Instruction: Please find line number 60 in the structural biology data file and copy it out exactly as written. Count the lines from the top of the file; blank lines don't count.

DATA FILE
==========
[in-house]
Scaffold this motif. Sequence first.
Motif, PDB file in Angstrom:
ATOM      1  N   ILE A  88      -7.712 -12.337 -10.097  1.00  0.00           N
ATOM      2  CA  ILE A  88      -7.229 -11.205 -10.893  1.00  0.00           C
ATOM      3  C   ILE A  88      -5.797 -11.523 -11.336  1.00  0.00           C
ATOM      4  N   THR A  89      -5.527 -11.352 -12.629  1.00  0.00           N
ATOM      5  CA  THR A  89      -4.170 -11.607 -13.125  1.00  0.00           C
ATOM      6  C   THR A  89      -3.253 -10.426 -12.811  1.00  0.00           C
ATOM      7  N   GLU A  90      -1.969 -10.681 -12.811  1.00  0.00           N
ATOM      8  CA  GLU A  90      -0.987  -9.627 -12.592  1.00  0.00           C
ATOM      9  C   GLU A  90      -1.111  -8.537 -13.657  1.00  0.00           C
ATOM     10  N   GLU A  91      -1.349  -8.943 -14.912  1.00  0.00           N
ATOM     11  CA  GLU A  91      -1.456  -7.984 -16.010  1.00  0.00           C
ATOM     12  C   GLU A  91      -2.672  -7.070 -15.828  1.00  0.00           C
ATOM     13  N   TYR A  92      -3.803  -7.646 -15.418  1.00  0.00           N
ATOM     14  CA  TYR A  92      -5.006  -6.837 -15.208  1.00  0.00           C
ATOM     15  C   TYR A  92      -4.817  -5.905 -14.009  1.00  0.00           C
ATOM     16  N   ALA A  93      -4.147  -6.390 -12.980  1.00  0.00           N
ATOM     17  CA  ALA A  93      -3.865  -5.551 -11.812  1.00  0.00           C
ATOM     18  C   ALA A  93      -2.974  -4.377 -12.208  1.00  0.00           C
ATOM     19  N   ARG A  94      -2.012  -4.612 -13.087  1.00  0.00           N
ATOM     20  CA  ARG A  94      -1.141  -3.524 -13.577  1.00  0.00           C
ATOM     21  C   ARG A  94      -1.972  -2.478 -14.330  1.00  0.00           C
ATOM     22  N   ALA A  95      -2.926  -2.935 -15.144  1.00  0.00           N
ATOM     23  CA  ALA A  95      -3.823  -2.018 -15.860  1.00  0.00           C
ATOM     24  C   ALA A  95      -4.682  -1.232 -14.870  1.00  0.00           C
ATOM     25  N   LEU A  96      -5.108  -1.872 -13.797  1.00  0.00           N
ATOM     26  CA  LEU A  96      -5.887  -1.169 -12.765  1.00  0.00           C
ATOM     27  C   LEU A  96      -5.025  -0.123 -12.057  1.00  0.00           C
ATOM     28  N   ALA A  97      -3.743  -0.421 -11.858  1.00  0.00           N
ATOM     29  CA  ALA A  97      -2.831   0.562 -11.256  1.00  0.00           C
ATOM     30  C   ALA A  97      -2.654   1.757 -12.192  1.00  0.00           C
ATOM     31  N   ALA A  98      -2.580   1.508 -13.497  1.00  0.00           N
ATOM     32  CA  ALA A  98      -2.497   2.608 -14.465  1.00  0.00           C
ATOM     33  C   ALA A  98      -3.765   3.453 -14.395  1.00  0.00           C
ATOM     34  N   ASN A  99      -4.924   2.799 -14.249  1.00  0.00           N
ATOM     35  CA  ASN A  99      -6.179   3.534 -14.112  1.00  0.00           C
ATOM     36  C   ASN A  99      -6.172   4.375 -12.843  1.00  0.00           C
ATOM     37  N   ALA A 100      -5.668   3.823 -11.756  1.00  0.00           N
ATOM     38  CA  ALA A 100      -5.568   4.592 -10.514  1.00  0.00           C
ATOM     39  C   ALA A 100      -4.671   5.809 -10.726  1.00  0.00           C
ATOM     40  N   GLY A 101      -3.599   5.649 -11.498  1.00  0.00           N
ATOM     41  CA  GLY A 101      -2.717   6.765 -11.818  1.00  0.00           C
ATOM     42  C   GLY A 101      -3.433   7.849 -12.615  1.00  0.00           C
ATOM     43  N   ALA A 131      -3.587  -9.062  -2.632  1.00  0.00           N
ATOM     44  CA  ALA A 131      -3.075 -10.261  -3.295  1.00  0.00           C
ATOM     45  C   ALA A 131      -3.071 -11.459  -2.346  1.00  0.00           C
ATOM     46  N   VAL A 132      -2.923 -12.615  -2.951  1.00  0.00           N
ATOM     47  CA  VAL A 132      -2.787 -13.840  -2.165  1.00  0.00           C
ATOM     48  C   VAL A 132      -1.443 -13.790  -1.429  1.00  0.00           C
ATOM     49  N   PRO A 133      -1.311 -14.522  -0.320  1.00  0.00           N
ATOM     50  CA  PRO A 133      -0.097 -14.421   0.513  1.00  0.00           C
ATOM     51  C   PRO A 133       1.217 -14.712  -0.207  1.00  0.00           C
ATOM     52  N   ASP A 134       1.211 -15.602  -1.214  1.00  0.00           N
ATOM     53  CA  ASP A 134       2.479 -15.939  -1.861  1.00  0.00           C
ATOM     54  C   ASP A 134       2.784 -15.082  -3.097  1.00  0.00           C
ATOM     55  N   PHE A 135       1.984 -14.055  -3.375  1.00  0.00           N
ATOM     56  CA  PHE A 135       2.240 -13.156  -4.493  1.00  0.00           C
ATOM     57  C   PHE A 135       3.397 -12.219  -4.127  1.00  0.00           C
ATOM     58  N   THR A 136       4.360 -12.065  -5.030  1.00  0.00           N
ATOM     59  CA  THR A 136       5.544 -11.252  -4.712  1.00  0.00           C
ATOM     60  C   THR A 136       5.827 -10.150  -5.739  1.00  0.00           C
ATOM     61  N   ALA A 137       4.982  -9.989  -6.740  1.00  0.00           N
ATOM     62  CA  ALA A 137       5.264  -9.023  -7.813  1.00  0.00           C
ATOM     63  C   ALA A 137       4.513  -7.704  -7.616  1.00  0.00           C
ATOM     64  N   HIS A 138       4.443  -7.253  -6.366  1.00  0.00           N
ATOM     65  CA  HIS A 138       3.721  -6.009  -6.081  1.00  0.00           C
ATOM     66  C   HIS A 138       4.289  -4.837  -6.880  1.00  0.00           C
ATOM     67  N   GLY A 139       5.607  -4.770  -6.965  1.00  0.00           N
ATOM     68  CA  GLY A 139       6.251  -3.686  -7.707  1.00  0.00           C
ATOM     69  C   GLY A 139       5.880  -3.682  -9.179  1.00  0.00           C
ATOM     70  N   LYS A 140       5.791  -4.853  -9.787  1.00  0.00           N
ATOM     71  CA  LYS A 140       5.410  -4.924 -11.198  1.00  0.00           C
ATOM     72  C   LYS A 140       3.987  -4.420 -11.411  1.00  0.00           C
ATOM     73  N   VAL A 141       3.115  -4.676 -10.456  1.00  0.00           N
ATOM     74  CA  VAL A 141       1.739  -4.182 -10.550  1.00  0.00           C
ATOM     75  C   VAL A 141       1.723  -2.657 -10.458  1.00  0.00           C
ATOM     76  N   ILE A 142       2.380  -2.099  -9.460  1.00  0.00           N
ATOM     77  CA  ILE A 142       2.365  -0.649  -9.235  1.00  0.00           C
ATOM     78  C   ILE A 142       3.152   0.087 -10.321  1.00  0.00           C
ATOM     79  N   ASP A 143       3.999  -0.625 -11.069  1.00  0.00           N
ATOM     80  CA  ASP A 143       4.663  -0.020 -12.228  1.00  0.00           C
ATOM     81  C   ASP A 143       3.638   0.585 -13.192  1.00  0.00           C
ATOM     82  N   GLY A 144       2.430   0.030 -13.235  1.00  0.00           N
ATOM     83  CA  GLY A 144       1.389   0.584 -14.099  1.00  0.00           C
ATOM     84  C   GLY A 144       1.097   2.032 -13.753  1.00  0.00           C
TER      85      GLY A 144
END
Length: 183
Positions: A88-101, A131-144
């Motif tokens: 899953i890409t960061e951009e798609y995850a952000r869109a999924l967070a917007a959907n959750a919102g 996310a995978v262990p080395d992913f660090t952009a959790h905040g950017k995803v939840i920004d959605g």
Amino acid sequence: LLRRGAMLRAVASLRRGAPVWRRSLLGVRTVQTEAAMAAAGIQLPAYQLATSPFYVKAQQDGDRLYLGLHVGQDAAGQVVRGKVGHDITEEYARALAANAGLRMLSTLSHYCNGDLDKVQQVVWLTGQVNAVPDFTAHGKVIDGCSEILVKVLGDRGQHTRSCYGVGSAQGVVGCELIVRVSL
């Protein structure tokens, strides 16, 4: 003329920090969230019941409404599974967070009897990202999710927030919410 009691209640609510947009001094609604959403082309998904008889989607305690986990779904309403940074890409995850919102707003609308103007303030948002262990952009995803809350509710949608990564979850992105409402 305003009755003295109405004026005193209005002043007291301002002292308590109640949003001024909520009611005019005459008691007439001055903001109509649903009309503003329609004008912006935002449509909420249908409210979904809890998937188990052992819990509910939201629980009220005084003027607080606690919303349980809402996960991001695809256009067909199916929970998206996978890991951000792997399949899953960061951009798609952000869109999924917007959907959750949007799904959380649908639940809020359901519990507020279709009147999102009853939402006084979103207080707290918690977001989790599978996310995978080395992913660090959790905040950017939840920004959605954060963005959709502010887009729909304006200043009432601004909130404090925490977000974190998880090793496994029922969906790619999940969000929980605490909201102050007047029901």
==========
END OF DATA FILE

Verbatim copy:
ATOM     57  C   PHE A 135       3.397 -12.219  -4.127  1.00  0.00           C